July 22nd, 2016
Irish Environmental organisations have expressed their dismay at the carbon reduction targets for 2030, which were published by the European Commission on Wednesday, saying that they are not sufficient to meet the objectives of last year’s United Nations agreement in Paris.
The new targets require Ireland to reduce greenhouse gas emissions by 30% by 2030, but the way in which carbon is accounted for in sectors relating to land use, land use change and forestry (LULUCF) and also the portion of emissions that can be offset against emissions in the EU’s Emissions Trading Scheme (ETS) mean that Ireland will have less to do to meet these targets. The new targets also decrease the chances of keeping average global temperature increases below 1.5° as aimed for in the Paris Agreement.
The “flexibilities” in the new targets, seen as loopholes by An Taisce’s Professor Barry McMullin, allow Ireland to offset 4% of our carbon from the carbon market towards the Agriculture, Building and Transport sectors, seeing as emissions from the carbon market, which relate to electricity generation and heavy industry are not subject to these new targets. They also allow forestry to count against emissions up to a value of 280m tonnes. Professor McMullin commented: “Planting the right kinds of trees in the right places is good environmental policy, but carbon sequestration in forestry, soils and grassland cannot be equated with effective climate action unless radical cuts in energy and agriculture emissions are also being implemented, which they are not.”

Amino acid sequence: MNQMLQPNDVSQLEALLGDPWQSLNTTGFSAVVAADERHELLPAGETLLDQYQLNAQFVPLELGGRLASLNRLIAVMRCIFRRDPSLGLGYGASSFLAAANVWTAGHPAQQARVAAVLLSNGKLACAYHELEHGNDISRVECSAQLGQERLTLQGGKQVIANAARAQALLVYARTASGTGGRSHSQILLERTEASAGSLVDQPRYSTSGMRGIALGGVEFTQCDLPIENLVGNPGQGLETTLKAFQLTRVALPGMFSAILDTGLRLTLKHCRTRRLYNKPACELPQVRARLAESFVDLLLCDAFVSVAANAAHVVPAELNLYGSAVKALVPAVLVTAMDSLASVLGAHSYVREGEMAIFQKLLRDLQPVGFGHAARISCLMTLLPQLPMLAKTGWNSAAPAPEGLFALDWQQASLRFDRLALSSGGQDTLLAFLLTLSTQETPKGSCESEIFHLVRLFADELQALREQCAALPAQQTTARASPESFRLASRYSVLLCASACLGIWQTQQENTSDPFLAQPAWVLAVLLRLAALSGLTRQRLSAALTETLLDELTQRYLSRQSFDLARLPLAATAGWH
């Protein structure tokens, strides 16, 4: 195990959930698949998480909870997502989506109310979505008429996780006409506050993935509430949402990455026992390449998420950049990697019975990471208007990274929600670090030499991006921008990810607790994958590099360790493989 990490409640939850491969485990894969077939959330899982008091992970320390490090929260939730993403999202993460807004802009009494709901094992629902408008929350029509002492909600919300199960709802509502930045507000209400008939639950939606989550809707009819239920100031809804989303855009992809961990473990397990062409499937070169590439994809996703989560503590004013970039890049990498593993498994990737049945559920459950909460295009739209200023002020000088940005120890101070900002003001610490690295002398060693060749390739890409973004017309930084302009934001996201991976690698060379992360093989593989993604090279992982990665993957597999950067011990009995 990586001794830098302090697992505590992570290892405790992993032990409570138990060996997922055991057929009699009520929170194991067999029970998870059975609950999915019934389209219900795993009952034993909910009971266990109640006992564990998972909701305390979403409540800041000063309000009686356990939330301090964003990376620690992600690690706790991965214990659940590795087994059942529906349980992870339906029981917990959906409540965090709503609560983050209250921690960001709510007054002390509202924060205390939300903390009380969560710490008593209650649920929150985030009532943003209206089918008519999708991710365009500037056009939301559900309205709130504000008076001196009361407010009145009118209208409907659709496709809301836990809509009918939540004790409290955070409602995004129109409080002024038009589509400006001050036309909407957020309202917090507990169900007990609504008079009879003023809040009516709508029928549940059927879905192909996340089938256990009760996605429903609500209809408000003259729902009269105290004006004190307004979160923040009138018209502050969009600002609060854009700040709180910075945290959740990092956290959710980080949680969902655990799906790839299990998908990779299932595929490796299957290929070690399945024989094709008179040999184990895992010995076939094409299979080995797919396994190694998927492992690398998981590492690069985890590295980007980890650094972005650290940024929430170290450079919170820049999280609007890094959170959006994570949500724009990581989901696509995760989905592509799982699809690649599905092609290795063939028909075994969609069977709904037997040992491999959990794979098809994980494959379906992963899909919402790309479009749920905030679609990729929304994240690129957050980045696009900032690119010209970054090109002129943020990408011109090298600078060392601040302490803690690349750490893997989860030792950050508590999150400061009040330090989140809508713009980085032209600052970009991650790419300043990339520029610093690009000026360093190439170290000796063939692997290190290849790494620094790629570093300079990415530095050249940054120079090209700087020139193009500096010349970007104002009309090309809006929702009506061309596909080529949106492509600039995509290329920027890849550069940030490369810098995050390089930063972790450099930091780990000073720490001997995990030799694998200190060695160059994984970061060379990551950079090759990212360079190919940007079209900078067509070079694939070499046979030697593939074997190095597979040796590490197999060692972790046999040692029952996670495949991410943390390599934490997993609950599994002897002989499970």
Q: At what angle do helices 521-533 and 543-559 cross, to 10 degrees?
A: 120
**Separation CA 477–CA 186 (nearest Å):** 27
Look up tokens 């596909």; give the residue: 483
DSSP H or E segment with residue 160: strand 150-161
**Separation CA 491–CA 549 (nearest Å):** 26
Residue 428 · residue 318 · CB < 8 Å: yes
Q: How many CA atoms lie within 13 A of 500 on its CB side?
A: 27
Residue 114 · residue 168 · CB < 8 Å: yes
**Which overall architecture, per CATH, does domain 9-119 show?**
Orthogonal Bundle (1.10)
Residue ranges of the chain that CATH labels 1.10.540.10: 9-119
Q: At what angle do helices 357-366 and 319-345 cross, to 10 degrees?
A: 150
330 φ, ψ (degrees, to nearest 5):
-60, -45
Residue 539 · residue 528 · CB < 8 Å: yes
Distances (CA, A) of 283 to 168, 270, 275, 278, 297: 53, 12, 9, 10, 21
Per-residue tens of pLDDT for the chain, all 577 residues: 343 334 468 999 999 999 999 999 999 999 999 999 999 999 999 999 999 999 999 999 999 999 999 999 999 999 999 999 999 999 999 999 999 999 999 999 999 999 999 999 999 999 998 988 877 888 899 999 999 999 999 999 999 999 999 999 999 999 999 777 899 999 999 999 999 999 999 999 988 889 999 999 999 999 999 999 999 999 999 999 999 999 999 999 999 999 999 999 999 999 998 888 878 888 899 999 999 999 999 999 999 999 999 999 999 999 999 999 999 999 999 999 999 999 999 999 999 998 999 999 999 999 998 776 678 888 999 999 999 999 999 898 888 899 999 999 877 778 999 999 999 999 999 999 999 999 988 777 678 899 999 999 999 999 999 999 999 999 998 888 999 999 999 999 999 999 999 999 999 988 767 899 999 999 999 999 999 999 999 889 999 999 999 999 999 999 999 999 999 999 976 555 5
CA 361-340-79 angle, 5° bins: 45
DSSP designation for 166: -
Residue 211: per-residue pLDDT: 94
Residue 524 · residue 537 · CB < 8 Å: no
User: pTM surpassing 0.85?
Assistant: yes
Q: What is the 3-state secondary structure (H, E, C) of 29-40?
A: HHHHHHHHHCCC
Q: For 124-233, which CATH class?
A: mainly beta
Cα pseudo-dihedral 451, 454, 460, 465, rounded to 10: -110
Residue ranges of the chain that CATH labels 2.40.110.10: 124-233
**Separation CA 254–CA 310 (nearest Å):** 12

The overall European Union target is to reduce the bloc’s greenhouse gas emissions by 40% (on 2005 levels) by 2030, but the diversity in industrial activity and wealth of EU members means that individual members have been allocated different targets and allowances for ETS and LULUCF offsets.